Cebuana digital artist takes on world stage

By: Morexette Erram January 21,2017 - 10:27 PM



Enamored by the creations of Walt Disney, Bea Gomez, a young Cebuana who has taken the digital world by storm, began practicing the art of illustration as a young child.

“I would draw every day because I always wanted to work in Disney,” said Bea, who found inspiration in the works of great animators like Glen Keane, Chuck Jones and Tex Avery.

But the 21-year-old professional digital artist revealed that to tread on a “road less taken” was not as easy as she thought it would be.

After obtaining a diploma program in 3D Animation and Visual Effects in 2013, she realized that the idea of having to animate her drawings as her profession was really not her calling.

But she did not abandon her love of drawing; this time, using still images that would portray a message or a story instead of moving images.

Bea spent most of her free time doodling random fan arts based on the stories or fictional characters that she loved.

Her friends who would take a quick look at her drawings suggested that she present her artworks in a digital platform.

She eventually began to upload them online.

Shy about disclosing her real identify, for seven years, Bea was known for her pseudonym “blueToaster.”

“It is actually a generated username… It started in DeviantArt, where I would post all my ridiculous fan art of the Assassin’s Creed video game franchise,” Bea said.

But her imagination later led her to experiment more and do original works.

Soon, Bea began to electronically sketch characters which her creative mind conjured up for her.

Since she loved cats and pizzas of various flavors, this led her to create the now popular illustration, “pizzacat,” a munchkin cat bathed in yellow, quickmelt cheese with slices of pepperoni on its body.

Digital artist Bea Gomez’ Frogboy sticker is seen on a wall in Tokyo, Japan. (CONTRIBUTED PHOTO)

Digital artist Bea Gomez’ Frogboy sticker is seen on a wall in Tokyo, Japan. (CONTRIBUTED PHOTO)

“After film school, while looking for work, I started doodling. I would show my good friends my doodles and they would tell me, ‘Bea, you should make these stickers!’ and that’s where it all started!” said Bea.

The animation graduate felt “a little bit frightened” the first time she joined an artist conference in Bonifacio High Street, Taguig City in Metro Manila sometime in 2014.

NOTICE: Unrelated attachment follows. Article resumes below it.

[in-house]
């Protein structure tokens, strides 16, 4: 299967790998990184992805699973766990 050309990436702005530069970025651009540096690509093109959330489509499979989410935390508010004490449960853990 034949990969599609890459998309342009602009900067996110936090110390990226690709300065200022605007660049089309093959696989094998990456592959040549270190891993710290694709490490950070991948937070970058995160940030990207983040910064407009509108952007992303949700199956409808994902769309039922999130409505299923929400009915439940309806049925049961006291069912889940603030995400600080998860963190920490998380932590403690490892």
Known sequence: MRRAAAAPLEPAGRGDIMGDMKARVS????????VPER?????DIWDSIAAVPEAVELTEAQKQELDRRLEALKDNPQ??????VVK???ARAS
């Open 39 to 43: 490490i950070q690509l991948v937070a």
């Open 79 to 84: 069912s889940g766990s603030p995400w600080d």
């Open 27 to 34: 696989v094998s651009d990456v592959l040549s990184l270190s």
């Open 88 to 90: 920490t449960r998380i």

Although she attended several art and comic conferences in her hometown, Cebu City, Bea said that exhibiting the fruits of her talents in a very diverse crowd was a different story altogether.

“I was scared that no one but my friends would like my work. But at the end of the day, I stood there dumbfounded after making quite a lot of sales,” she narrated.

Her “pizzacat,” “hipster moose” and “frog boy” were the crowd favorites.

“When all the artists came together to meet and trade artwork, it was an amazing opportunity to network and I was invited to more art marts and conventions,” she said.

As her connections grew, so did her reputation as a professional digital artist and the reach of her online sticker and print shop, blueToaster.

Bea’s creative outputs were also welcomed warmly by Cebuano artists and clients.

A pocket-size sticker of one of her original creations costs P20.

Last September, Bea was invited to be a guest exhibitor in the Singapore Toy Game and Comic Convention, one of the largest toy and comic conferences in Asia.

And in October, she was accepted to participate in the 2016 Inktober, where artists from all over the world take on the challenge of doing one ink drawing a day the entire month.

With a bag filled with stickers and prints of her original characters, Bea flew to Tokyo, Japan, to connect and compete with other artists from different parts of the world.

The streets of Tokyo offer various free walls for anyone to doodle or place stickers on.

What a delight it was for Bea to spot some of her original characters becoming part of Tokyo’s “rampant and gratifying” street art.

When asked what her plans were for the future, the young artist told CDN that she was now working on her first comics title, featuring a new batch of original characters.

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TAGS: art, Cebuana, digital, Japan

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